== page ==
Today comparing processors is no longer about finding the highest speed processor possible in MHz or GHz. To get the best performance you need to take into account the whole specification of the processor with the number of cores featured on the CPU of particular importance to how the computer will respond with multiple programs open.
It is best to look for processors which are dual core as a minimum for all round use. Look at how many cores a processor has always before its GHz rating. A dual core 1.3GHz+ computer will be more than up to general internet browsing and light office tasks while many 2.00GHz+ dual core processors will be capable in gaming and entertainment uses.
Motherboard: A motherboard is considered by many to be the most important component in a system. It will determine the overall performance of the computer and what future upgrades are possible; it is not possible to attempt to future proof your computer without the right motherboard!
The motherboard is the largest component in a computer after the case and consists of many ports, slots and connectors that allow you to connect the processor, memory, hard drives, optical drive, graphics cards, USB devices and many more to the machine. Today’s high end motherboards will support connections allowing millions of components to be used in your dream computer.
If you are looking to upgrade your computer in the future be sure to check if there are any free memory slots, vacant PCI and PCI Express slots to allow upgrade cards to be fitted and that there are free SATA ports on the motherboard to allow you to connect additional hard drives in the future. If you are unsure it is always best to ask CCL and we will be happy to help.
RAM: The more memory your computer has the higher overall performance the computer will have. As a general rule by adding more memory it will enable the computer to perform tasks quicker and handle more open programs.
The easiest way to work out how much memory you need is to look at the operating system and programs you want to run. Each will list a minimum and recommended amount of memory they need to run. As a general rule the following applies to most systems:
- To get the program to run you need the minimum amount of memory
- To get the program to run without frustration and good speed you need the recommended amount of memory
- To get the program to run without frustration and at a good speed while multi-tasking with other programs and windows you need double the amount of recommended memory.
Many computers also use integrated graphics chips which use a portion of the general system ram for the graphics. This can reduce the amount of available system ram from 64mb to as much as 1024mb (1GB) depending on the graphics controller. If you are using an integrated graphics chip it is worth getting a little more memory to compensate for this.
On a modern desktop machine the bare minimum you should look for is 2GB of DDR3 RAM for basic internet browsing and light office work, ideally you want to look at 4GB to allow for more intensive office work and a much more responsive system overall. If you are gaming or plan on doing professional video or photo editing then a system with 4GB of RAM should be considered at the very minimum.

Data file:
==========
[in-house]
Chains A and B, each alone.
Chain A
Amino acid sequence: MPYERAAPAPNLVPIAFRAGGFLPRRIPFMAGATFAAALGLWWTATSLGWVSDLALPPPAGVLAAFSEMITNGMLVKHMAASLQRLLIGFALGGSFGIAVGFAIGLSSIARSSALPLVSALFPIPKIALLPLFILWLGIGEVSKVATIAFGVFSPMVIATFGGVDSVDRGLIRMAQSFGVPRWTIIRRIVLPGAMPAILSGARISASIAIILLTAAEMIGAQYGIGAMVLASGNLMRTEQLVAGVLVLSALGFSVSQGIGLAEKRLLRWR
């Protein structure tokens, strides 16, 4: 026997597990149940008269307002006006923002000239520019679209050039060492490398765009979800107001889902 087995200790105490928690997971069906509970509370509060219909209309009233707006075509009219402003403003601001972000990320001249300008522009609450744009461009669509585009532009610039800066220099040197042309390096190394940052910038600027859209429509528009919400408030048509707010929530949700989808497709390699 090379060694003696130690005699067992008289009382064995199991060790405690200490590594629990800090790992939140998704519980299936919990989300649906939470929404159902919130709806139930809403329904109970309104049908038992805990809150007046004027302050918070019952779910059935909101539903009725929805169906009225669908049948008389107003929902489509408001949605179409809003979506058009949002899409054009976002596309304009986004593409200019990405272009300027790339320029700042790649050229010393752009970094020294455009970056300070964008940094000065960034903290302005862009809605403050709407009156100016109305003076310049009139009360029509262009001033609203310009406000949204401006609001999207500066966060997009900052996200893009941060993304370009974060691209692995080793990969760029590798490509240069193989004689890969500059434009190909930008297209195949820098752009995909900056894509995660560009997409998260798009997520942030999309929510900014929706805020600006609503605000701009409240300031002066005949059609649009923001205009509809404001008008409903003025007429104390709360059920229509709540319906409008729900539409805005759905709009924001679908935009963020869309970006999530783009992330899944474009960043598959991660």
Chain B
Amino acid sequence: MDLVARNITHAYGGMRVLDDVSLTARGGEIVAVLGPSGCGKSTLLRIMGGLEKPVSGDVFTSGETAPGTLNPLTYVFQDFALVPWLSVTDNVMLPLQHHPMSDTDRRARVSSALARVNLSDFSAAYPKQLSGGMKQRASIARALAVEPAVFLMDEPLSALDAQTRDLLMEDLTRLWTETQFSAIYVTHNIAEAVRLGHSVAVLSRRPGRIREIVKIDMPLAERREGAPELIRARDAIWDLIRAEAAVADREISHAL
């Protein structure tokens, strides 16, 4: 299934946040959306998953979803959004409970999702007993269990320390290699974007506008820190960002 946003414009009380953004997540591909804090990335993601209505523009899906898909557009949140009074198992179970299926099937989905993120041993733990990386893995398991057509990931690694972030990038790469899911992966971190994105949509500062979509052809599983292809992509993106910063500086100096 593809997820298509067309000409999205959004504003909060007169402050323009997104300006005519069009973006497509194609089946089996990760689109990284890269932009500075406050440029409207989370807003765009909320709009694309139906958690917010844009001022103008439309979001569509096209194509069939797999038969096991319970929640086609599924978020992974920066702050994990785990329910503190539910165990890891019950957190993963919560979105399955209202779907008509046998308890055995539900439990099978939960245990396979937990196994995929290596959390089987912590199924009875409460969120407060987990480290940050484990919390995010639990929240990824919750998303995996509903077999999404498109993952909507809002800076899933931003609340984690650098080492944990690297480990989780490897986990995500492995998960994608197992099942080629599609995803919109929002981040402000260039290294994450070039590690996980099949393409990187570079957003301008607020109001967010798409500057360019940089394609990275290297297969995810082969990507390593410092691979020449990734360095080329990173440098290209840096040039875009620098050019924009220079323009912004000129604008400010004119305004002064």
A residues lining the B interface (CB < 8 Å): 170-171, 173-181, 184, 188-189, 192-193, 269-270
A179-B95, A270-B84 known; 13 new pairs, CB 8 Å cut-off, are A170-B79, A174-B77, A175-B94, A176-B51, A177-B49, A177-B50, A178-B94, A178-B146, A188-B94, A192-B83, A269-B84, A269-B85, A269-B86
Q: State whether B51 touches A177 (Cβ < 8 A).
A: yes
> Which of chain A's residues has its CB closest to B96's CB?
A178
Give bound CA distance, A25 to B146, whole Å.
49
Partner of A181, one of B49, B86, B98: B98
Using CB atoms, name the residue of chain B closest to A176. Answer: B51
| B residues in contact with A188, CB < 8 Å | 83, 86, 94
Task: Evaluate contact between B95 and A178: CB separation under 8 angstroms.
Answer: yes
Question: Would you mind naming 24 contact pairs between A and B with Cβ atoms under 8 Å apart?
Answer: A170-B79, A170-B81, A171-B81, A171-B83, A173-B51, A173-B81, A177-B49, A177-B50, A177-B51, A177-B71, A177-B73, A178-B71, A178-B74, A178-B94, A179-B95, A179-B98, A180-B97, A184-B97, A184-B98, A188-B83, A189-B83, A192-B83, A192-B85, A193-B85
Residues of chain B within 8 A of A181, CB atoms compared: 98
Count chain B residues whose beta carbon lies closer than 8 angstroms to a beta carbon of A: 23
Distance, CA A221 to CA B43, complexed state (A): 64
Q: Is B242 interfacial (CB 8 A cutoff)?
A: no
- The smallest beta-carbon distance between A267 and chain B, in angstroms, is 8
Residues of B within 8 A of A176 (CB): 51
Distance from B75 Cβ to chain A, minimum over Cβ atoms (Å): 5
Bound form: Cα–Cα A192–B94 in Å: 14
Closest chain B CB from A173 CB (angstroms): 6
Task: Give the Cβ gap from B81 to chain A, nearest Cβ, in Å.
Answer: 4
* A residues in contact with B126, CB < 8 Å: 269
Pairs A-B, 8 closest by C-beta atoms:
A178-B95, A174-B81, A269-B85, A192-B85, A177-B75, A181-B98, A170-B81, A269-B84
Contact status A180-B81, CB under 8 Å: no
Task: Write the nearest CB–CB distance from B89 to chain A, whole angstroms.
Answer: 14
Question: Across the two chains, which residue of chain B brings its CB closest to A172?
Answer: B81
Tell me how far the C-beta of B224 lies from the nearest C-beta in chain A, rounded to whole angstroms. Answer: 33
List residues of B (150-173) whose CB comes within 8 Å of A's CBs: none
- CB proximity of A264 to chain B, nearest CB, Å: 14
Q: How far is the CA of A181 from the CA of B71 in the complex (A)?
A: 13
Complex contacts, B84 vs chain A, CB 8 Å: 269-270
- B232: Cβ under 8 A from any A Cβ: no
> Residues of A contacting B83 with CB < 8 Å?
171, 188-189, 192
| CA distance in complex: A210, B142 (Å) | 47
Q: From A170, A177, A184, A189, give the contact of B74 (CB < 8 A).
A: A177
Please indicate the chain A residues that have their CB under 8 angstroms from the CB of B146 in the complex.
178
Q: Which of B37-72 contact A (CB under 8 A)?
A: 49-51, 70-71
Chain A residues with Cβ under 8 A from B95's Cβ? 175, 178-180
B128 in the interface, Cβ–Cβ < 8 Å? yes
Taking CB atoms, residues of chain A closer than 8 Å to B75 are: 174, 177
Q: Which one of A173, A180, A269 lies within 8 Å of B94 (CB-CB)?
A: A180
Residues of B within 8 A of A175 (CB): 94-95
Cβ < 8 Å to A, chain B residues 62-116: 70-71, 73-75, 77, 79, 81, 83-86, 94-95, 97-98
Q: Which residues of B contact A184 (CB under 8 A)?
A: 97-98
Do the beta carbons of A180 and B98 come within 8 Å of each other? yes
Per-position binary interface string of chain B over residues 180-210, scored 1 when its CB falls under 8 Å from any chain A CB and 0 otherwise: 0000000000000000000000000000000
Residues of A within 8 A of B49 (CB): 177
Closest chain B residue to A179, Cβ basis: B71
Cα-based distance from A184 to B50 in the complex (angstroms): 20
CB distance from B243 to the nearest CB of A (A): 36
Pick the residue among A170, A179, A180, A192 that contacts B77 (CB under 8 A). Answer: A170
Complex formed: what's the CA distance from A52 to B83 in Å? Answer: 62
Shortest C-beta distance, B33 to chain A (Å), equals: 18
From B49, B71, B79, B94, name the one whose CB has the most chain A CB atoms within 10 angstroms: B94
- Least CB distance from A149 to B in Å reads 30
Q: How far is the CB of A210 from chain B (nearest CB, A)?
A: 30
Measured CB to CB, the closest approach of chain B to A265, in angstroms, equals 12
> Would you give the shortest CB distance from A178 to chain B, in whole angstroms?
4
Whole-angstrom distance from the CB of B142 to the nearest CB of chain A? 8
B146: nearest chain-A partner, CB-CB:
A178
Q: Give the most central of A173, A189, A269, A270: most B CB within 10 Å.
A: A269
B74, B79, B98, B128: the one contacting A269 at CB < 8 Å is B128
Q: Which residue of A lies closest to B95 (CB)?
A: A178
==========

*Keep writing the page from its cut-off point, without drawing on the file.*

Hard Drive: A hard drive is one of the key components of a modern computer. The hard drive is where all of your programs and files are stored.
The larger the capacity of your hard drives the more you can store. For basic light use most users would struggle to fill an 80GB hard drive, yet if you plan to store videos and photos the requirement will soon mount up. An average modern game can take up as much as 25GB to install
It is recommend most users look for a drive with a minimum capacity of 160GB with 500GB and above being preferable on gaming, professional and entertainment PCs.
Solid state hard drives (SSDs) are now fairly common in higher performance systems. They offer outstanding performance making the whole PC feel more snappy with programs opening quicker, games taking less time to load and Windows taking seconds to start up rather than minutes. There really are no conventional hard drives that can get close to the speed an SSD offered. You pay more per GB of storage on a SSD compared to a conventional drive due to the flash technology SSD drives use. We would always recommend 120GB and above SSDs as striking the ideal balance between storage space and cost.
Graphics Card: A graphics card is responsible for displaying the image you seen on screen. The images are made up by thousands of tiny dots called pixels, on a high resolution screen the graphics card can be displaying millions of pixels.
Originally at the start of the PC revolution the graphics card’s purpose was only to display the image on the screen. The amount of memory present on a graphics card was very small and was not needed to a great extent where the modern cards can have several gigabytes of memory on-board. The modern graphics card is capable of powering breath-taking games, displaying 3D perspectives that show characters leaping out of the screen, running 1080P Full HD video in all its glory and can accelerate non-3D applications using their amazing processing power.
Graphics cards come in two distinct packages. There are integrated solutions such as on board the motherboard and discreet cards such as those made by Nvidia and AMD ATI. Even the lowest models in the range of add-in cards can outperform on board solutions often by a magnitude of several times.
Onboard graphics will be fine if you are planning to use your machine for basic office tasks and internet browsing. If you however are planning to watch HD video from a Blu-Ray drive, edit home movies, play the latest games or run multiple monitors it may be wise to purchase a system with a graphics card from Nvidia or ATI.